Louisiana is one of the three states with the shortest statute of limitations for car accidents. Also called "Prescription" in Louisiana, the statute of limitations is one year from the date of the accident.
Individuals injured in a car accident should file a lawsuit within a year from the date of the collision.
Family members or personal representatives of people who died in a car accident should file a wrongful death claim within one year from the date of the accident.
If you make a claim against a third party insurance company, you have one year from the date of the accident to file. However, if you are making a claim against your own insurance company, this is called a"first party claim," and the statute of limitations is two years from the date of the accident.
Factors that affect the statute of limitations:
The injured victim is a minor - The statute of limitation clock begins when the victim turns 18.
Multiple-car collisions - The plaintiff should file a lawsuit against at least one at-fault driver within one year. They may file an additional claim against another negligent party after the deadline expires.
The discovery rule - The deadline begins when the root cause of the accident is discovered. This may include mechanical failure or defective auto parts later found to be the true cause of the accident. It also applies to injuries that are not evident immediately after the accident or within the statute of limitations.
If the at-fault driver moved out of the state.
Average Settlements for Louisiana Car Accident Lawsuits
Louisiana has no cap on the damages a car accident victim can potentially obtain. It is crucial to consult with a car accident lawyer to receive fair compensation. The settlement amount may be computed by adding up economic and non-economic damages. Economic damages include lost wages and employment opportunities, property damage, and medical expenses. On the other hand, lawyers and insurance companies calculate non-economic damages, like pain and suffering, emotional distress, and PTSD symptoms, in several ways:
Multiplier method - Monetary losses are added and multiplied with a factor between one and five.
Daily rate method - The value of the victim’s daily cost of living or daily earnings multiplied by the number of days that the accident has affected their lives.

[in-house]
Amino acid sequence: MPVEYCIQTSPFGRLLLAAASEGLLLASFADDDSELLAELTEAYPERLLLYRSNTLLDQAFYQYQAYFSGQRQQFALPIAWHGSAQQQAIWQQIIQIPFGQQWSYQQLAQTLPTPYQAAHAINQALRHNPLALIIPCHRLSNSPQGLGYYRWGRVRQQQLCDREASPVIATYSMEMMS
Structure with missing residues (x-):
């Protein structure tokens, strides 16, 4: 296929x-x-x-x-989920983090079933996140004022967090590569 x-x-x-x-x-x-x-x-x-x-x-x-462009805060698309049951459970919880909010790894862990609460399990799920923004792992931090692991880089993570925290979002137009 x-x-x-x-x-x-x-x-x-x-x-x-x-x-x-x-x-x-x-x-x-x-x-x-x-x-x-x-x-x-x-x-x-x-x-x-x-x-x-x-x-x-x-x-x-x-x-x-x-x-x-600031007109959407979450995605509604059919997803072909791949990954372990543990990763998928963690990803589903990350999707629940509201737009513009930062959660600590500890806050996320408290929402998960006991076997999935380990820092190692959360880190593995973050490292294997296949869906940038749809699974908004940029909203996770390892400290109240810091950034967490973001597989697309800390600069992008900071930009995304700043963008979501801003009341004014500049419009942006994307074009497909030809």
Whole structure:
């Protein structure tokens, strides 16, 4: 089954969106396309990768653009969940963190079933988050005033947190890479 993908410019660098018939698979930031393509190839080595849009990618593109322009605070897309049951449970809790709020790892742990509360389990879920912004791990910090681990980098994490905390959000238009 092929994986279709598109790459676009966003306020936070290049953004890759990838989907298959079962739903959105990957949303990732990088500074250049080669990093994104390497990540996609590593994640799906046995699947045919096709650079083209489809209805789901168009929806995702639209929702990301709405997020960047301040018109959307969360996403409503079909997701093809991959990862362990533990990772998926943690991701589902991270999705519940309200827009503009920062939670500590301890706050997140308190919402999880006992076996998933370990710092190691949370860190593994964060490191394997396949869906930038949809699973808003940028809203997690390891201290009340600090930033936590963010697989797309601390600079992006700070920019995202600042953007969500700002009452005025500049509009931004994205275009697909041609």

Jurisprudential method - A car accident lawyer, judge, or jury looks for similar cases that occurred in the past and uses these cases as the foundation to determine the non-economic damages.
Car accident lawyers can also help prove damages for pain and suffering by gathering evidence like pictures of the accident and injuries, medical records, bills, and lab tests. Other possible evidence includes doctors’ testimonies and notes, witness testimonies, and the police report or 911 audio of the accident.
Based on actual car accident lawsuits filed in Louisiana courts, the average settlement amount in Louisiana is $6,624 for minor injuries, $23,136 for moderate injuries, and $126,919 for serious injuries. Below is the payout range for different types of car accidents:
Rear-end collisions - $6,152 - $281,922
Side-impact collisions - $2,525 - $649,780
Head-on collisions - $36,225 - $138,548
Payout amounts may vary based on several factors, including the severity and scope of injuries, the shared fault of the parties involved, multiple vehicle collisions, wrongful death, and the available insurance limits of the at-fault party.
Legal Resources for Louisiana Car Accident Victims
Individuals involved in a car accident on non-toll roads can request a report number through this link or by phone at (225) 925-6006.
This guide, published by the Louisiana Office of Motor Vehicles (OMV), outlines the education requirements for different types of drivers and the rules and regulations for operating a motor vehicle. Other helpful links from OMV include the Class D & E Driver’s Guide and the Louisiana OMV Public Safety Services contact page.
The LSBA’s “Find Legal Help” portal is designed to help car accident victims with limited resources determine their legal options, find an attorney or legal aid organization, and access resources or services that can help resolve their issues. You may also contact (800) 421-LSBA(5722) / (504) 566-1600.
This resource by the LADB provides instructions on how to report lawyers who have engaged in unethical behavior.
The LDI allows insurance policyholders who are dissatisfied with their personal auto damage claims to file a complaint virtually. It can provide consumer information and investigate complaints against companies, adjusters, and agents. You may also use this link to report insurance fraud.
This is the last option for drivers in Louisiana who can't get auto insurance on the private market. You may reach the office at (866) 989-9902 or its fax number, (401) 528-1361.
This resource, published by United Policyholders, a non-profit 501(c)(3) organization, outlines different insurance resources that car accident victims can use as a reference. Take note that this is not a substitute for legal help.
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Justin Chopin is an experienced car accident attorney as well as the owner/managing attorney of The Chopin Law Firm, LLC. The firm represents individuals and their families when they have suffered personal injuries due to the negligence of another entity.